Will Wharton use mandate as political stick?

A consensus has emerged among political observers: A C Wharton won a huge mandate in Memphis' special mayoral election on Thursday, taking 60-plus percent of the vote and tripling the vote totals of his nearest challenger. Tom Guleff, a local political junkie who was the engine behind a movement that tried to draft Jim Strickland to run for mayor, is now calling Wharton "the Michael Jordan" of Memphis politics.

Smart City Memphis blogger Tom Jones, in a long missive posted Sunday night, brought up another possibility: Can Wharton wield his indisputable popularity and formidable campaign organization as a political tool -- or weapon, as the case may be? With Myron Lowery, the clear runner-up in the election, conceding that Wharton has a mandate and commands a campaign infrastructure intimidating in its organization and finances, to what extent will anyone choose to challenge the new mayor on issues? And if they do challenge Wharton, will he be willing to say, "No more Mr. Nice Guy?"

Writes Jones: "The possibility that those same weapons could be turned on critics or obstructionists is a sobering thought already whispered between a few Council members."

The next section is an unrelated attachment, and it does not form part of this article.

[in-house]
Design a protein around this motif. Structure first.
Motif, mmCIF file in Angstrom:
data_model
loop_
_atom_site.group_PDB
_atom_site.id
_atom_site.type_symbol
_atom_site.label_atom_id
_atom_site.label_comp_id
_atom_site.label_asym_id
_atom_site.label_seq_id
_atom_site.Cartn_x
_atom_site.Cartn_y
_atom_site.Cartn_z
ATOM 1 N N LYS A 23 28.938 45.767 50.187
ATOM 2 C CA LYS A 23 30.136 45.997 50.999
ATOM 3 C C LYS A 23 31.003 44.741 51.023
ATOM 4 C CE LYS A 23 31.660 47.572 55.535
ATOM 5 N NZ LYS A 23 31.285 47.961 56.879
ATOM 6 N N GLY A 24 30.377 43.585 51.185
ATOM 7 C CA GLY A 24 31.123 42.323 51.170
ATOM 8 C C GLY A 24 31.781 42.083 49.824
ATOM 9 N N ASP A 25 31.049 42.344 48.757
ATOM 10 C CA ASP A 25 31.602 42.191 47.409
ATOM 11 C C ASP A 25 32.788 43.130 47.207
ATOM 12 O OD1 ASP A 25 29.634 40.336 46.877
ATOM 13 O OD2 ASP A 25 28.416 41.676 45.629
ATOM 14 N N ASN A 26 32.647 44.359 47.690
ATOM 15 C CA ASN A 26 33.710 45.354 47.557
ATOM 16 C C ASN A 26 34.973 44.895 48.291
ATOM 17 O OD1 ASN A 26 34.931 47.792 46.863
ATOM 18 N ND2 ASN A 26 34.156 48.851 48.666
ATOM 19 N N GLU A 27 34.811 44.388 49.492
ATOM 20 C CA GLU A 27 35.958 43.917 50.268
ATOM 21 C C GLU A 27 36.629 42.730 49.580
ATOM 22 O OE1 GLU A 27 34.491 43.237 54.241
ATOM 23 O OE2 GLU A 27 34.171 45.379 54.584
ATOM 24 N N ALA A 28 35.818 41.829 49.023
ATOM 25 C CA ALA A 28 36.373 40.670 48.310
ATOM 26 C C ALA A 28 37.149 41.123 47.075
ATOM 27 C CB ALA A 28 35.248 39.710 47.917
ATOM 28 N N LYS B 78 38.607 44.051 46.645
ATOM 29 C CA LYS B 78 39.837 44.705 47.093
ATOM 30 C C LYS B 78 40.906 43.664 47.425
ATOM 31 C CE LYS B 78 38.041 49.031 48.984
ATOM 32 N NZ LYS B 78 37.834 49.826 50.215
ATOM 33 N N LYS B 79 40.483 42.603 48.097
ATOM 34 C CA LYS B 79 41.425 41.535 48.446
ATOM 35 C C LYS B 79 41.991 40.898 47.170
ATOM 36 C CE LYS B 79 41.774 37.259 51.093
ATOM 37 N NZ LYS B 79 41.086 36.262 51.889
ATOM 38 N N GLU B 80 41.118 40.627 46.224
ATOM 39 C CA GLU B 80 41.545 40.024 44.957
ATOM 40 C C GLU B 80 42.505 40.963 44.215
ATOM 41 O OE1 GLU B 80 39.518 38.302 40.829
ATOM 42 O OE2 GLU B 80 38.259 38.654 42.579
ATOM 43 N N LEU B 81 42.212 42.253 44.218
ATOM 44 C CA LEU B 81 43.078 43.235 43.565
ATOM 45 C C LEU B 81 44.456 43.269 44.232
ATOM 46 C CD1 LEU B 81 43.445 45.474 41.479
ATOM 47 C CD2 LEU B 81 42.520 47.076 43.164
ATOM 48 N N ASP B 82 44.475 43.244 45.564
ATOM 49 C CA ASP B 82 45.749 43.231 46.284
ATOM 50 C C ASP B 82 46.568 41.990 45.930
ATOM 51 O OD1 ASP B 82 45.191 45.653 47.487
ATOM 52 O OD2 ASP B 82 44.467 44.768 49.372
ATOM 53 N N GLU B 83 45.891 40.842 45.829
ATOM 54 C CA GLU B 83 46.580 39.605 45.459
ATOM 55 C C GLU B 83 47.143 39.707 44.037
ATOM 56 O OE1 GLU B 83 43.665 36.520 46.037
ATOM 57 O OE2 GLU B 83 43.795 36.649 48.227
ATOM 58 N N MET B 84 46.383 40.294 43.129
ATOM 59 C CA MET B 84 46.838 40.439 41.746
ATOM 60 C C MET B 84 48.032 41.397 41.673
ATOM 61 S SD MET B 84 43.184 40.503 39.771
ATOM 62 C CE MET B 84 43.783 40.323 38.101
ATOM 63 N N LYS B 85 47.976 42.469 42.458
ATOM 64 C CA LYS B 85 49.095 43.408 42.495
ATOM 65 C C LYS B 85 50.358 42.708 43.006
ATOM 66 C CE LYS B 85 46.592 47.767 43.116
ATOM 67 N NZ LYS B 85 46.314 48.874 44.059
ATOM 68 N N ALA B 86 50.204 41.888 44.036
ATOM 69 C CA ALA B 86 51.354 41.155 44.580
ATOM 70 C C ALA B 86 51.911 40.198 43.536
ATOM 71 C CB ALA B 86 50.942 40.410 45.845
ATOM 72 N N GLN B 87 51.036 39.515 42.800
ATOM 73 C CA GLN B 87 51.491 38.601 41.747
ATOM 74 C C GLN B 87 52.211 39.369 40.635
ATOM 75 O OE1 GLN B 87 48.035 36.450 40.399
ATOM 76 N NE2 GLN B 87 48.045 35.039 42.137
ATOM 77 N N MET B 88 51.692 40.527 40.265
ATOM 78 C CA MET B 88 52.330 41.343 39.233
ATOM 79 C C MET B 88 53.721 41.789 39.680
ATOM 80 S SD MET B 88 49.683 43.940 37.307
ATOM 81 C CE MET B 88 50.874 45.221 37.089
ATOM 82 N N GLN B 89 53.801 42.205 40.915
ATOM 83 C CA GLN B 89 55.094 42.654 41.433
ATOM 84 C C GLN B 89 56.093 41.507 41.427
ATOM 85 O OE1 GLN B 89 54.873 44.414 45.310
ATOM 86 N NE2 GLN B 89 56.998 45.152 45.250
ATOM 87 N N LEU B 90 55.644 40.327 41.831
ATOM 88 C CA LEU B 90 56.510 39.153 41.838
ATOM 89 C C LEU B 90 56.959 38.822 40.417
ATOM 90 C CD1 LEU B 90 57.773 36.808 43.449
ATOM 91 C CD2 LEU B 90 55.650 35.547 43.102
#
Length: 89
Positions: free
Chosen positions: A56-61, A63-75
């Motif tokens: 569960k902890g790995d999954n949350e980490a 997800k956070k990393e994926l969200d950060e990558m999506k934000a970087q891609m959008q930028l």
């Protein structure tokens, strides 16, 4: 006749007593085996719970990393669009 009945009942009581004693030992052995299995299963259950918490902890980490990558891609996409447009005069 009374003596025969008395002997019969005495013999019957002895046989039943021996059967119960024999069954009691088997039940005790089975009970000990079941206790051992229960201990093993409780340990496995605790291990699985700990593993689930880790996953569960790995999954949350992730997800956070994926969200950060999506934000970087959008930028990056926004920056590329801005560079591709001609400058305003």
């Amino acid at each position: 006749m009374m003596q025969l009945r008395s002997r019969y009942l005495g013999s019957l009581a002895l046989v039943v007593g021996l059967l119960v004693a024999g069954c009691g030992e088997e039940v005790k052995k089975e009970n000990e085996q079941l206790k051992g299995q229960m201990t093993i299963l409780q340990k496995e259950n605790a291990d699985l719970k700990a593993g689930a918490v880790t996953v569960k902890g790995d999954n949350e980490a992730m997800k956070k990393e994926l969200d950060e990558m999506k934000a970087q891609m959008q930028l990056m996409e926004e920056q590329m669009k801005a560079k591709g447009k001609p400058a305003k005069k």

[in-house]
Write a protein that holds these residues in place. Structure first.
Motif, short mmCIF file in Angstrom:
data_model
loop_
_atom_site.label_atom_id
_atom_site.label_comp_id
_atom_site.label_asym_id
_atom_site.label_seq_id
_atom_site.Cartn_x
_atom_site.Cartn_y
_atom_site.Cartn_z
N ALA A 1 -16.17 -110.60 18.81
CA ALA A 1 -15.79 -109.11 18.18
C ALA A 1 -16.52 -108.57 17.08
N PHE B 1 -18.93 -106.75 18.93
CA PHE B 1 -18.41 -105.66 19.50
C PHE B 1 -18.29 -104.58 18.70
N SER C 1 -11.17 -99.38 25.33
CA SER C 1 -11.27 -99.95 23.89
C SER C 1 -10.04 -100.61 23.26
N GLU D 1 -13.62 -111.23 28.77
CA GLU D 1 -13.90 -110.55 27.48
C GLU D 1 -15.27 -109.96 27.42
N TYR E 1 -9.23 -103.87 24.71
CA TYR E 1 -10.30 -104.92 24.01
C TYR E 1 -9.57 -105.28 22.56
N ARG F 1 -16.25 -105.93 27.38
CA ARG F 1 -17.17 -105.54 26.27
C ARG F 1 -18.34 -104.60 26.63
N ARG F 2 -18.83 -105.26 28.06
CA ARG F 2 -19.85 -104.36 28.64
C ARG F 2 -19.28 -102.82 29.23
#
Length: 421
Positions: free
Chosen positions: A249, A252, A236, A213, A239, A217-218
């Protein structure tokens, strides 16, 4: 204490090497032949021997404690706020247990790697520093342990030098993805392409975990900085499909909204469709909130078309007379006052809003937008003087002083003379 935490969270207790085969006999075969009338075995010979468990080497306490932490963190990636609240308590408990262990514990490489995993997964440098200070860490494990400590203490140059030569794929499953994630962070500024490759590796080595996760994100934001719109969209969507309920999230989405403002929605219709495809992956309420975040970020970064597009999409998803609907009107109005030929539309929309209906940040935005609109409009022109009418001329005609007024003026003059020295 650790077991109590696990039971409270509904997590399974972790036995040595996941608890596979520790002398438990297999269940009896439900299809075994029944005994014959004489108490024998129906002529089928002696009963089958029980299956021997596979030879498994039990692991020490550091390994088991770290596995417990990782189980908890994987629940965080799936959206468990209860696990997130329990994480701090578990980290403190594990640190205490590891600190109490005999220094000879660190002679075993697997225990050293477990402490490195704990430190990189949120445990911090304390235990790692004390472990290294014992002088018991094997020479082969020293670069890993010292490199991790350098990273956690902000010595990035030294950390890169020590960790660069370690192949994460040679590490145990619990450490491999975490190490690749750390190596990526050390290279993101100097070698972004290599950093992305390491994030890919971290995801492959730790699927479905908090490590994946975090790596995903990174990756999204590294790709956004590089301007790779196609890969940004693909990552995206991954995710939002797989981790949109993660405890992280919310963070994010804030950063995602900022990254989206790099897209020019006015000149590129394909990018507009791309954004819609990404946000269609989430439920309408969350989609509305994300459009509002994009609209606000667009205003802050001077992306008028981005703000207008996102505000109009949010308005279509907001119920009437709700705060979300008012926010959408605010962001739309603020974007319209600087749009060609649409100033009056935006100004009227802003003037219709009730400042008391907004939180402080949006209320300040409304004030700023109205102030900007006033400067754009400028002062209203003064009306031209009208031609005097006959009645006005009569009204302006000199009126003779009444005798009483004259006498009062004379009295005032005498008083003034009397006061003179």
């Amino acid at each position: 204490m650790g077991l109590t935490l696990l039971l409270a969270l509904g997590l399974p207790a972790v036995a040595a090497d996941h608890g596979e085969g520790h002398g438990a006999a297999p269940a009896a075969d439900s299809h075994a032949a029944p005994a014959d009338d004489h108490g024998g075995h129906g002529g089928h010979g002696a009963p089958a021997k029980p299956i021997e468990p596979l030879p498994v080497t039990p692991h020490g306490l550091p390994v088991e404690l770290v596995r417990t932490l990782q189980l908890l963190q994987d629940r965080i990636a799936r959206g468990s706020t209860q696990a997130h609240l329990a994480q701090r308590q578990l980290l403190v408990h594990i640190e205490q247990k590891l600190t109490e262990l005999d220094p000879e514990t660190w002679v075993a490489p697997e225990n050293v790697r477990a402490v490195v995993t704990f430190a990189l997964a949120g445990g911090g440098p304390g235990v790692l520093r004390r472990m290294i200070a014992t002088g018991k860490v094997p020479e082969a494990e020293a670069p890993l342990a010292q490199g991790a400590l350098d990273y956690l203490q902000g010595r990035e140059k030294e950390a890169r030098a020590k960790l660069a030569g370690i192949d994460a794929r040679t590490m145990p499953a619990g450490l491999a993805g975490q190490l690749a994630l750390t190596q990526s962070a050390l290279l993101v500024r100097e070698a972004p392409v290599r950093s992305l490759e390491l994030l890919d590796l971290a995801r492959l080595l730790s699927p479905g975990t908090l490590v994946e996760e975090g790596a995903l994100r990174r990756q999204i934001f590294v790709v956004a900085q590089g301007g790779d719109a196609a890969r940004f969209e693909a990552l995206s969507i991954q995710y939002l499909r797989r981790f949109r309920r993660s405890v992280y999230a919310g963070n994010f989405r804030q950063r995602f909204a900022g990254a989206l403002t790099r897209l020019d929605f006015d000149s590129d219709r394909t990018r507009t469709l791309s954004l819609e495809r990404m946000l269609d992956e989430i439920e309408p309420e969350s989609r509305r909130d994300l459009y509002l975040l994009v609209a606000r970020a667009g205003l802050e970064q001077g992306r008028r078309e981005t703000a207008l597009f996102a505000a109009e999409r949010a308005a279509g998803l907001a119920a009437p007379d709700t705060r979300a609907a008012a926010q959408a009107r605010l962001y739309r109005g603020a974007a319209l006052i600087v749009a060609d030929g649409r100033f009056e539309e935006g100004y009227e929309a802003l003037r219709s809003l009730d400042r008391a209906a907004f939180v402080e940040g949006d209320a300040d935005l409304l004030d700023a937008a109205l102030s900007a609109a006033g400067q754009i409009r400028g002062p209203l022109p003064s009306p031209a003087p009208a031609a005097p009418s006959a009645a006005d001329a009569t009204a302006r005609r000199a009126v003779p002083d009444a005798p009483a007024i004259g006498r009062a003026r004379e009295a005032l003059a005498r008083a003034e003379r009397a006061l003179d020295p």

Clearly, it's something Wharton has thought about, and is a big reason why he says moving from the weak-mayor structure of county government to strong-mayor structure of city government makes such a big difference.

Wharton explained this in a Friday interview: "You make it very clear when individuals come to you and ask you to support them in a countywide race, which is the case quite often, you don't say to them, 'Well, I'll support you if you support me the next time.' What you say is, 'Listen, if you will help me convince our state legislators to pass legislation shortening the time in which we can take possession of some of these tax sale lots then I will support you.' There is nothing illicit about that. You see that's how an urban mayor in the city of Memphis can get someone out in the county who is running for juvenile court clerk or whatever, you say to them, 'Hey partner, it's a big block of votes right here in the city of Memphis and I got 60 percent. I'd love to get that political muscle behind you.' And there is nothing illicit about that. I'm not saying will you support me or help my wife get a job. I'm doing this to support the public."

Wharton says he will also flex that political muscle when it comes to dealing with businesses involved with the city.
 
"You can take that same approach with people doing business with city of Memphis, not to shake them down for political contributions or whatever, but to say,  'Look, we have some social needs in this town; don't you want to be a good corporate citizen?' And when we look at who is the lowest and best bidder, we can look at how socially responsible they are."

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